Denying a hearing for the Pursuing Justice for Rape Victims Bill (HB 827) is another way we silence victims of the most underreported crime. By doing so we are failing victims and we are participating in the trauma they endure.
As a survivor, I am your average story and statistic. I was raped in college by somebody I knew; and I did not report the crime. I am your one-in-four young women raped while in school. I am your 60 percent of unreported rapes. I am the 70 percent of acquaintance rape statistic.
I did not report my rape, as so many victims do not, for any number of reasons. I did not report because I was afraid people would not believe me. I did not report because I knew my assailant. I did not report because I was only 19 and was confused about what happened to me. I did not report because I felt judged when I visited my doctor for Plan B and STI testing. But more than any other reason, I did not report because I felt that nothing would happen if I did.
When victims decide to undergo rape kit testing, they experience a second round of trauma. Rape kit testing is invasive. In order to collect DNA evidence, victims must get tested within 72 hours of the sexual assault. For the best evidence, victims should not change their clothes, shower, bathe, or brush their hair. The exam, lasting four to six hours, is the most powerful tool used to bring justice to victims. The fact that this vital evidence, which puts victims through a rigorous and daunting process, remains left on the table is a clear failure of justice.
In Georgia, there is no protocol currently in place for timely submission of rape kits. This created a backlog of kits, including 1,400 at Grady Hospital alone. While Grady has reduced the number of kits to 150, there is no way of knowing how many other kits are currently sitting in hospitals across the state. HB 827 will allow us to count all the untested kits that need to be processed. A partial count in 2015 revealed 3,108 untested kits.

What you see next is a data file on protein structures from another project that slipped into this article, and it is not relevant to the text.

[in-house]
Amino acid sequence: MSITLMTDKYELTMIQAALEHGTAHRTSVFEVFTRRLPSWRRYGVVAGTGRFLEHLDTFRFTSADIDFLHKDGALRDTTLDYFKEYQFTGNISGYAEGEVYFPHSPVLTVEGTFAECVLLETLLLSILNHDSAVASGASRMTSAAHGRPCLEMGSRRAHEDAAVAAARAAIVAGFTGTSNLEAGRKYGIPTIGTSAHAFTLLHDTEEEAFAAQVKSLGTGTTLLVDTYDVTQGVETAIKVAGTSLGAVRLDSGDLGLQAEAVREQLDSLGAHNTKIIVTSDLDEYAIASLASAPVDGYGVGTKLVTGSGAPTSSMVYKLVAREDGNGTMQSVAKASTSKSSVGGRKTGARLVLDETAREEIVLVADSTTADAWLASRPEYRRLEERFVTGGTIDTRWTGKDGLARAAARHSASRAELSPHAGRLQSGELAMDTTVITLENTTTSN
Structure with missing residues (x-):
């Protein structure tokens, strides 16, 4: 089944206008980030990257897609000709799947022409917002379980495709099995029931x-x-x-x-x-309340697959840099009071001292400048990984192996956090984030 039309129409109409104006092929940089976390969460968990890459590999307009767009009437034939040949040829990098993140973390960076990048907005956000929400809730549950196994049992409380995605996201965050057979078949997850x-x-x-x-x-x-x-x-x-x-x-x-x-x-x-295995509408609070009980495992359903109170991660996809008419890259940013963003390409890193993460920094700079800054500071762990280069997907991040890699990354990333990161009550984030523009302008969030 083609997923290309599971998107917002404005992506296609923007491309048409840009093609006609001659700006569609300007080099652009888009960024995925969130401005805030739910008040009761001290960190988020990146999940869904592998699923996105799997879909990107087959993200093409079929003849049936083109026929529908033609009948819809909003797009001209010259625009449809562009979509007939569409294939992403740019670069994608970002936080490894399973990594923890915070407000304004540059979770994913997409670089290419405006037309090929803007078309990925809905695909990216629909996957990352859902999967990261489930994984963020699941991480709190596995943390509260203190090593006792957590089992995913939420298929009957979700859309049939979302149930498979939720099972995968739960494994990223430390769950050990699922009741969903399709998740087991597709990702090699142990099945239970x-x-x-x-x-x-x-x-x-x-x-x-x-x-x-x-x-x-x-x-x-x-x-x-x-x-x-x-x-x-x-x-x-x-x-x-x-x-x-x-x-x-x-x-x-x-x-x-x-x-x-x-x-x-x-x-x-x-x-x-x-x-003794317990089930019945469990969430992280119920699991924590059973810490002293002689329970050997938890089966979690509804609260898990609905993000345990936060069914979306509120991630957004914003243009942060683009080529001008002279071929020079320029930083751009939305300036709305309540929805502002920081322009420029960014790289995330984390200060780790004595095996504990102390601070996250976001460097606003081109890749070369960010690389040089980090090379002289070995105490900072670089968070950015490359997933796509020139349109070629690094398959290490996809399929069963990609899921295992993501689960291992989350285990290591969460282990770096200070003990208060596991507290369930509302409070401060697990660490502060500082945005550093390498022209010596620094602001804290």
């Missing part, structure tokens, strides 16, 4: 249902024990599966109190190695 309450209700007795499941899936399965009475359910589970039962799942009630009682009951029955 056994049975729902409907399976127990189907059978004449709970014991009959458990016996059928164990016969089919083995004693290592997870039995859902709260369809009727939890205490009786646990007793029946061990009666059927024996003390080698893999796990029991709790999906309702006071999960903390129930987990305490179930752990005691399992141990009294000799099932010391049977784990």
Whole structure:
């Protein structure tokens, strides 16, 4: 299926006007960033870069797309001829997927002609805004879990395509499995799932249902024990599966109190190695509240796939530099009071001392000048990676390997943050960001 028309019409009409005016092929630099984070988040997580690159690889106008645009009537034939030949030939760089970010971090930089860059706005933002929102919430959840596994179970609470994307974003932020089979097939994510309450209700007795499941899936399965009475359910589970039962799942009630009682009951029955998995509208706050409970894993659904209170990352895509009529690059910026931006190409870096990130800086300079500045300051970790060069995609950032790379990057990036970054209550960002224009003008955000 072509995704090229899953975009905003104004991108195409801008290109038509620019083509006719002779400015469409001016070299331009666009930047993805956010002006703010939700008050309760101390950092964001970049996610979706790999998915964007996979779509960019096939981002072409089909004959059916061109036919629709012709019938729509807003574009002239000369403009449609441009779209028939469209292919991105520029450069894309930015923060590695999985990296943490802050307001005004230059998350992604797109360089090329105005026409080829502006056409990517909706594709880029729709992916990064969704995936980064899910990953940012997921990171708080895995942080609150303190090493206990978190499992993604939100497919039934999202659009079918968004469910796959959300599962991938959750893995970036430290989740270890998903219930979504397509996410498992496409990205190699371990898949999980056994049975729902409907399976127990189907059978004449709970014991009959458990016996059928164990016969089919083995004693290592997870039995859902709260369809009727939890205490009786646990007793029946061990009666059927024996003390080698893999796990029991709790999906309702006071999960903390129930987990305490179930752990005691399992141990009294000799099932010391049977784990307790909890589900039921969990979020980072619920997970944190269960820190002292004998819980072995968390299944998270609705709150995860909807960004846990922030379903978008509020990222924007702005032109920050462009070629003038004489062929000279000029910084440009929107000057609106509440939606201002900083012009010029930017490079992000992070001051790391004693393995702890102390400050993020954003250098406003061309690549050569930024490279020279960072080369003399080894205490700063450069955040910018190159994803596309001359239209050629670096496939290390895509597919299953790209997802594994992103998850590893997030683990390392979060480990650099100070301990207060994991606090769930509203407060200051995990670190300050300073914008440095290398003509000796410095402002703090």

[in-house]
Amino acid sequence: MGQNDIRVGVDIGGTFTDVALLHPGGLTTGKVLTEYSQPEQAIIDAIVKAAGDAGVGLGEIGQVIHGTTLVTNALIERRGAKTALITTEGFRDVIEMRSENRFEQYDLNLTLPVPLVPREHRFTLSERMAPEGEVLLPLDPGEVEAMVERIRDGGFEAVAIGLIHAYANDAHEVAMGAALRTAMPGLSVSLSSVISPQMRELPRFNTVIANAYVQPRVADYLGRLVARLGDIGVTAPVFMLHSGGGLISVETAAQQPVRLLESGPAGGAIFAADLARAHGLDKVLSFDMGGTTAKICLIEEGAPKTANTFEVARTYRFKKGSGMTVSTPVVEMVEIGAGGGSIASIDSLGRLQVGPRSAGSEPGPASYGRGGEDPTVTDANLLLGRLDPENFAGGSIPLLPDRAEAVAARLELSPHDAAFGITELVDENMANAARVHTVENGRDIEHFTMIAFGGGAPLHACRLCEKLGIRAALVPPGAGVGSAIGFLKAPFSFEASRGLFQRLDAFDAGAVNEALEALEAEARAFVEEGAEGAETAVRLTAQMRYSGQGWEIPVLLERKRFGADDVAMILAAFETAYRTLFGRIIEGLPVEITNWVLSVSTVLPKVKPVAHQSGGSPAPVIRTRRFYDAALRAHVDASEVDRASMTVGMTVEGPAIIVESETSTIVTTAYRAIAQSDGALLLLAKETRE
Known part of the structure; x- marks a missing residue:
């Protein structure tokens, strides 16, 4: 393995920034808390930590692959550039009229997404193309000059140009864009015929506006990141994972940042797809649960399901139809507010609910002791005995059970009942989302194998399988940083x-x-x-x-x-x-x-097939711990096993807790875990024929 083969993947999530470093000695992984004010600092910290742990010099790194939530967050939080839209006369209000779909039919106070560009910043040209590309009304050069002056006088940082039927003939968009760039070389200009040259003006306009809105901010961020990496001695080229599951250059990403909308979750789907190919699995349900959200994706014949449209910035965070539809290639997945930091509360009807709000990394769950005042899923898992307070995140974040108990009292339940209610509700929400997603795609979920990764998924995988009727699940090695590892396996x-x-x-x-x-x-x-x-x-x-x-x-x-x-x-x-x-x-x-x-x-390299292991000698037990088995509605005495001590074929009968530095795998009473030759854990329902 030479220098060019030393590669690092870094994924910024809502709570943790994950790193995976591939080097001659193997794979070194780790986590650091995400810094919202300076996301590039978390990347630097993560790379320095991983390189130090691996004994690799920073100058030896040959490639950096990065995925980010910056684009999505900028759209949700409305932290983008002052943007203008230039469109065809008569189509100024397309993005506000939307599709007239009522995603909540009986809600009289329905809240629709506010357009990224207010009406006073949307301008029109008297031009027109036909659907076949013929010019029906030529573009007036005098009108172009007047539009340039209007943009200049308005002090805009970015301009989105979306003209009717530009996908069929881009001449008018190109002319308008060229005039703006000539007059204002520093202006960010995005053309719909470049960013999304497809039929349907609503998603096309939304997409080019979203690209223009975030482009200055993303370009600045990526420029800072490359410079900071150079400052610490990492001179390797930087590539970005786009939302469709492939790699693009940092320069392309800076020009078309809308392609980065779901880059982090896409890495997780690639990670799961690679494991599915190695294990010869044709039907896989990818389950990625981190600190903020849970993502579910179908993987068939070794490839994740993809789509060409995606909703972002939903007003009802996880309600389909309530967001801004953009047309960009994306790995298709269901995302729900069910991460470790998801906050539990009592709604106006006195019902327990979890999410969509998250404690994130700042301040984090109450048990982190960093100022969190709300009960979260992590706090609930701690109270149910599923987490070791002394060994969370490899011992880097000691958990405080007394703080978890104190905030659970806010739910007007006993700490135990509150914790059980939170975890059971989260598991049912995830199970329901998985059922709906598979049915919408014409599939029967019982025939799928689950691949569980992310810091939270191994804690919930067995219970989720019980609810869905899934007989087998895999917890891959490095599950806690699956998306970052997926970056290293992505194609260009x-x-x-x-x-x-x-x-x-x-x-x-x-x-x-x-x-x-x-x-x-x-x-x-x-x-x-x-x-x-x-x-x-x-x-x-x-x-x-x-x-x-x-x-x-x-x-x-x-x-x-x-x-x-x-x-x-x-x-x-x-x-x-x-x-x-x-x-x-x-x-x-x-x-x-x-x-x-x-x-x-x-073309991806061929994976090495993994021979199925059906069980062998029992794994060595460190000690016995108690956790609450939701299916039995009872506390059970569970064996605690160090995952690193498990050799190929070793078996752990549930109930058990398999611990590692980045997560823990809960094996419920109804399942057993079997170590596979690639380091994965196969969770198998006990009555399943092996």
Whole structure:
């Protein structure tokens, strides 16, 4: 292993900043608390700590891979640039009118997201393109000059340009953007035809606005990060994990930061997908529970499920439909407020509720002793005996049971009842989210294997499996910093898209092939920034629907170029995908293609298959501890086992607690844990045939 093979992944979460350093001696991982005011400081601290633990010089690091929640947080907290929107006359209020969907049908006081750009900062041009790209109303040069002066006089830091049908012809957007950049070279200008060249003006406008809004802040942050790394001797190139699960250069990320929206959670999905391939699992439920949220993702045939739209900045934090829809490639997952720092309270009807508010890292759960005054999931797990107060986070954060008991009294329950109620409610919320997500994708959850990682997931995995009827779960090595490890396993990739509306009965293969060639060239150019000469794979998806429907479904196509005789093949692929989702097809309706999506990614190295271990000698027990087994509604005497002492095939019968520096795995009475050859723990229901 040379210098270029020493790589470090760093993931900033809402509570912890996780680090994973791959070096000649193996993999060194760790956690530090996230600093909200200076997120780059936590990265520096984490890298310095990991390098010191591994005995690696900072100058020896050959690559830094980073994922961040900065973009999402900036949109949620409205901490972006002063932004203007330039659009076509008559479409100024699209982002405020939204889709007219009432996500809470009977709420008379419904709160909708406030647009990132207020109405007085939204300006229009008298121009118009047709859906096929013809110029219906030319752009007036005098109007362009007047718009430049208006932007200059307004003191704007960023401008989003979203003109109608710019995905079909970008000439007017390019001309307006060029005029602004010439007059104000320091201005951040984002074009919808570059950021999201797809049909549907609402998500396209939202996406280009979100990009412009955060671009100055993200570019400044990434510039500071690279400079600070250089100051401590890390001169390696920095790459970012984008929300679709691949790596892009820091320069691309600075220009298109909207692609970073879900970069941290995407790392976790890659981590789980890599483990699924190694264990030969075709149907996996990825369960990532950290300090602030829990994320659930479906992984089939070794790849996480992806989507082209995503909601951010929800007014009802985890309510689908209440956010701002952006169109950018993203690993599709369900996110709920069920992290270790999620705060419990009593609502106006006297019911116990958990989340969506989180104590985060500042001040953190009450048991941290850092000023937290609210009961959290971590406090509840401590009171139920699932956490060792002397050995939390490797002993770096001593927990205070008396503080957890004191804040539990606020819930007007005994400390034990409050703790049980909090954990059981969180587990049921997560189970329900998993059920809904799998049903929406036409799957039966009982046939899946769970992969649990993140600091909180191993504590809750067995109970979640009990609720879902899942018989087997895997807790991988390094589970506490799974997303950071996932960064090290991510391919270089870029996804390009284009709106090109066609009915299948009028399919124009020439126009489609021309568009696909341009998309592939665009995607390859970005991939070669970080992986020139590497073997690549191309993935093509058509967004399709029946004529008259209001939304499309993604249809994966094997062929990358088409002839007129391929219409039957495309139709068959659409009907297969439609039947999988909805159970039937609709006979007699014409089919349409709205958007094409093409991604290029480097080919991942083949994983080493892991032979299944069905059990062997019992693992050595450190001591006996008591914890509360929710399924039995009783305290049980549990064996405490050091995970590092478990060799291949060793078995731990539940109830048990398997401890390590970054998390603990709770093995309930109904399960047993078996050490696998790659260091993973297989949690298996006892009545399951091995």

While funding has been put into place to test the backlog of rape kits, there is still no procedure for timely submission of rape kits. The lack of protocol for rape kits as they move from hospitals and law enforcement to the Georgia Bureau of Investigation initially caused a backlog in the first place. This piece of legislation puts into place straightforward protocol, including a 30-day timeline for submission.
The bill, passed unanimously in the House with a 160-to-0 vote, is widely supported by both parties, advocate groups, law enforcement and the public.
This is not just a statewide issue; this is a national issue. Other states, including Texas, Louisiana, Arkansas, and Tennessee have already enacted legislation to conduct audits on untested rape kits. Texas alone uncovered 20,000 untested kits. The question is not about whether or not Georgia has a backlog. We already know the answer. What we need to understand is how many kits are sitting on the shelves of hospitals throughout our state. HB 827 will answer this question for us.
The importance of this bill cannot be overstated; it provides clear and practical protocol that gives victims the best chance to seek justice. And even more critical, this bill is for victims. Enacting legislation restores faith for survivors and sends the message that we should continue to report sexual assault crimes. If lawmakers demand accountability and transparency when it comes to rape kit testing, we can improve the numbers of unreported rapes. No victim should ever choose not to report because we feel like nothing will happen. Our elected officials have shown us we matter to them; and now it’s time for them to find a way to pass this bill in 2016.
Send requests for this bill to be passed during the final days of the 2016 state legislative session to Gov. Deal, Lt. Gov. Casey Cagle, and Speaker of the House David Ralston, R-Blue Ridge. Do it now. Do it today.
Jessica Caldas is an Atlanta artist and an advocate for social issues.